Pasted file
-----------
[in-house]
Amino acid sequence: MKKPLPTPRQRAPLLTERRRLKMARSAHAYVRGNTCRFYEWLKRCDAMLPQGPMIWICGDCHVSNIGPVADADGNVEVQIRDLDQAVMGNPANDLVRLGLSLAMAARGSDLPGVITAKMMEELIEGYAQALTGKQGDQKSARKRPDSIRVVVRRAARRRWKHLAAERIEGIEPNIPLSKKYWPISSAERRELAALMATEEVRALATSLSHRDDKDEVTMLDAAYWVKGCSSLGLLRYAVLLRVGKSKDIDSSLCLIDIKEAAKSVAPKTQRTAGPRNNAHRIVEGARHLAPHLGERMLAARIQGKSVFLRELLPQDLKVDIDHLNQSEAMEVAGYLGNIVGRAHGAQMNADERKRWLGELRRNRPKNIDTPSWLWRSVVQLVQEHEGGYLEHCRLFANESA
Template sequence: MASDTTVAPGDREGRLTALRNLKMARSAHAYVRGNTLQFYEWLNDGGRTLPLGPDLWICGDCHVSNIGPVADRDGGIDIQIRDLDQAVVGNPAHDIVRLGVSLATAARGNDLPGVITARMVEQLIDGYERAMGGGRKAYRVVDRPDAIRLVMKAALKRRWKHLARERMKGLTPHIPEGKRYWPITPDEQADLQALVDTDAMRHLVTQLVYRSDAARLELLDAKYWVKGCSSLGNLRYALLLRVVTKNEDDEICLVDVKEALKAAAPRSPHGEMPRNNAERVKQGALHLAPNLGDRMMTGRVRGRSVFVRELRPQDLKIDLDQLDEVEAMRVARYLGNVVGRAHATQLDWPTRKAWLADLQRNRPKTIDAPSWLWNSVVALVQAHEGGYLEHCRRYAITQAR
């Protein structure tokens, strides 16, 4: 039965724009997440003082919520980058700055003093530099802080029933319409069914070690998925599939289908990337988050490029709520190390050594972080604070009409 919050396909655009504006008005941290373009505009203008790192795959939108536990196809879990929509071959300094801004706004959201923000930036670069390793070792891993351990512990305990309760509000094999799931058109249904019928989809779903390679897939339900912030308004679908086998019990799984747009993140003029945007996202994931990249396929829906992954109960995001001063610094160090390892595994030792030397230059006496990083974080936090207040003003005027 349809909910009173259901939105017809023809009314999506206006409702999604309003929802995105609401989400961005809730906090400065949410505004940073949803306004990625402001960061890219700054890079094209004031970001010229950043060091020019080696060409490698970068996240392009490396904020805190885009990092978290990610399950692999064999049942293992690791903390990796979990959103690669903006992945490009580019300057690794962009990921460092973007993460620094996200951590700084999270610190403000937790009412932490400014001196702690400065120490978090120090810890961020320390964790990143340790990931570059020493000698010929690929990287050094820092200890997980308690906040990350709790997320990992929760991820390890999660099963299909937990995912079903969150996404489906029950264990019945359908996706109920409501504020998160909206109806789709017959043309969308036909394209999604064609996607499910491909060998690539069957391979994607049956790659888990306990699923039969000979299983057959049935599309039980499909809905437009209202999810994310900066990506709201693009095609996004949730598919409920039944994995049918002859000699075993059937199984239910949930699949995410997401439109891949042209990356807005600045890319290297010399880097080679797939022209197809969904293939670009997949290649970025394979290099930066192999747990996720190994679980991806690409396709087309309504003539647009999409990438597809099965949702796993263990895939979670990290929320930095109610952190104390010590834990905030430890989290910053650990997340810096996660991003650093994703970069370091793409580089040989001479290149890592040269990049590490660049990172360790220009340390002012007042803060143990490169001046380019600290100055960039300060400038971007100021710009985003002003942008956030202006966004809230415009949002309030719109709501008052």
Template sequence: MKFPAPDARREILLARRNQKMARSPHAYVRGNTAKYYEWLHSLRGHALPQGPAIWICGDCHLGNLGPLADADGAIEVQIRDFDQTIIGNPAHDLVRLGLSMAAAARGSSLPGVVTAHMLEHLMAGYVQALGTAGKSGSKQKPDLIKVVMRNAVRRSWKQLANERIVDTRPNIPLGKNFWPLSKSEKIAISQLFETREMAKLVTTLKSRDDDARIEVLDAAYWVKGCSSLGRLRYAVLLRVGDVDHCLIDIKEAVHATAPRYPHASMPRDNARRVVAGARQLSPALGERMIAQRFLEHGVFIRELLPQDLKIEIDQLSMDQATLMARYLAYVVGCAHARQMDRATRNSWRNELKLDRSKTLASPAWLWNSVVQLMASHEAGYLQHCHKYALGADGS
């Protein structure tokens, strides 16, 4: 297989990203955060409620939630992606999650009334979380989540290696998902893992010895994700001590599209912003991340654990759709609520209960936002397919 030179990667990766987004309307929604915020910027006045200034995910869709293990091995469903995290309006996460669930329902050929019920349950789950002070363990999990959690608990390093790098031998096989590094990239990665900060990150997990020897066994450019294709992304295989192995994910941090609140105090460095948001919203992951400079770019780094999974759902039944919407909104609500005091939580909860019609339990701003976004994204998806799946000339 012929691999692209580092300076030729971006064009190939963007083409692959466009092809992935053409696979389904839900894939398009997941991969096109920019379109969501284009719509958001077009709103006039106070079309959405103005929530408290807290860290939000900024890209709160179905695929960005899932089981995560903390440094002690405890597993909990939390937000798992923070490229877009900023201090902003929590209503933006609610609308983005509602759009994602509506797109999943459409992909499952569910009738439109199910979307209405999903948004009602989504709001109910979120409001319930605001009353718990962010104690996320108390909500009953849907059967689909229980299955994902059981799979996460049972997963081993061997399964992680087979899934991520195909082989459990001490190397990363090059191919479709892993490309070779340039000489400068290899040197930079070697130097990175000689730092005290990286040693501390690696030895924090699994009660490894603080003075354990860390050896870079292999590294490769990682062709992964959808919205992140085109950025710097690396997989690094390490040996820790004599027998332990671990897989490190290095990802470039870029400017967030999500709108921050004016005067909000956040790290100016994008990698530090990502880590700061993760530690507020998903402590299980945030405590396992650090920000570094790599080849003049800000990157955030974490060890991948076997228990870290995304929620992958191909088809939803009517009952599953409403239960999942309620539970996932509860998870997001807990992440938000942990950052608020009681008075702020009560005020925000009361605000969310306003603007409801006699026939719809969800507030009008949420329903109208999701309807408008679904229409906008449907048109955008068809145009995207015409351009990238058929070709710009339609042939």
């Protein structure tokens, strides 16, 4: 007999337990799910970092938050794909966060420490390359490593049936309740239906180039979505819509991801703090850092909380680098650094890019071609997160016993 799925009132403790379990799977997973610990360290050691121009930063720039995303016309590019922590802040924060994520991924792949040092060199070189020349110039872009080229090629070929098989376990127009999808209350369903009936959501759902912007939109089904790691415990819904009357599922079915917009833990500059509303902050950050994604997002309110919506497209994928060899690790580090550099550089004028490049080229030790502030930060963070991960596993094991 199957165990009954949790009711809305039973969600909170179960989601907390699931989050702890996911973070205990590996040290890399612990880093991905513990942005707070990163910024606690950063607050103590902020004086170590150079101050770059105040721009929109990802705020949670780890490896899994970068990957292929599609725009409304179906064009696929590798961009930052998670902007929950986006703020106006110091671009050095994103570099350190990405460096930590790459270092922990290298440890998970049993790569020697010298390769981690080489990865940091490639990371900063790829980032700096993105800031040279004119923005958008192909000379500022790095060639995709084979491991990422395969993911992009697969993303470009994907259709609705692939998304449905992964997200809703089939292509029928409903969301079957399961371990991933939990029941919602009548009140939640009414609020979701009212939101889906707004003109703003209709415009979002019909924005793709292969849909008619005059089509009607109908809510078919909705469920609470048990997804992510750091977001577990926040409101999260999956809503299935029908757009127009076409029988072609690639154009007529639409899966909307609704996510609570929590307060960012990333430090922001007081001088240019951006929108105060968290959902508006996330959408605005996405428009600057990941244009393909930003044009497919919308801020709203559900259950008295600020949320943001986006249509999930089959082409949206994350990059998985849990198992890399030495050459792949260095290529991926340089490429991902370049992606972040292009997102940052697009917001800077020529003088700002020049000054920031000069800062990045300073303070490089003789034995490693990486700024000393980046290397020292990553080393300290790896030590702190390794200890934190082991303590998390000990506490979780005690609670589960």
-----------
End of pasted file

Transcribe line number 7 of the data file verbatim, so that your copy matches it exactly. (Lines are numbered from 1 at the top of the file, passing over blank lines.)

């Protein structure tokens, strides 16, 4: 007999337990799910970092938050794909966060420490390359490593049936309740239906180039979505819509991801703090850092909380680098650094890019071609997160016993 799925009132403790379990799977997973610990360290050691121009930063720039995303016309590019922590802040924060994520991924792949040092060199070189020349110039872009080229090629070929098989376990127009999808209350369903009936959501759902912007939109089904790691415990819904009357599922079915917009833990500059509303902050950050994604997002309110919506497209994928060899690790580090550099550089004028490049080229030790502030930060963070991960596993094991 199957165990009954949790009711809305039973969600909170179960989601907390699931989050702890996911973070205990590996040290890399612990880093991905513990942005707070990163910024606690950063607050103590902020004086170590150079101050770059105040721009929109990802705020949670780890490896899994970068990957292929599609725009409304179906064009696929590798961009930052998670902007929950986006703020106006110091671009050095994103570099350190990405460096930590790459270092922990290298440890998970049993790569020697010298390769981690080489990865940091490639990371900063790829980032700096993105800031040279004119923005958008192909000379500022790095060639995709084979491991990422395969993911992009697969993303470009994907259709609705692939998304449905992964997200809703089939292509029928409903969301079957399961371990991933939990029941919602009548009140939640009414609020979701009212939101889906707004003109703003209709415009979002019909924005793709292969849909008619005059089509009607109908809510078919909705469920609470048990997804992510750091977001577990926040409101999260999956809503299935029908757009127009076409029988072609690639154009007529639409899966909307609704996510609570929590307060960012990333430090922001007081001088240019951006929108105060968290959902508006996330959408605005996405428009600057990941244009393909930003044009497919919308801020709203559900259950008295600020949320943001986006249509999930089959082409949206994350990059998985849990198992890399030495050459792949260095290529991926340089490429991902370049992606972040292009997102940052697009917001800077020529003088700002020049000054920031000069800062990045300073303070490089003789034995490693990486700024000393980046290397020292990553080393300290790896030590702190390794200890934190082991303590998390000990506490979780005690609670589960």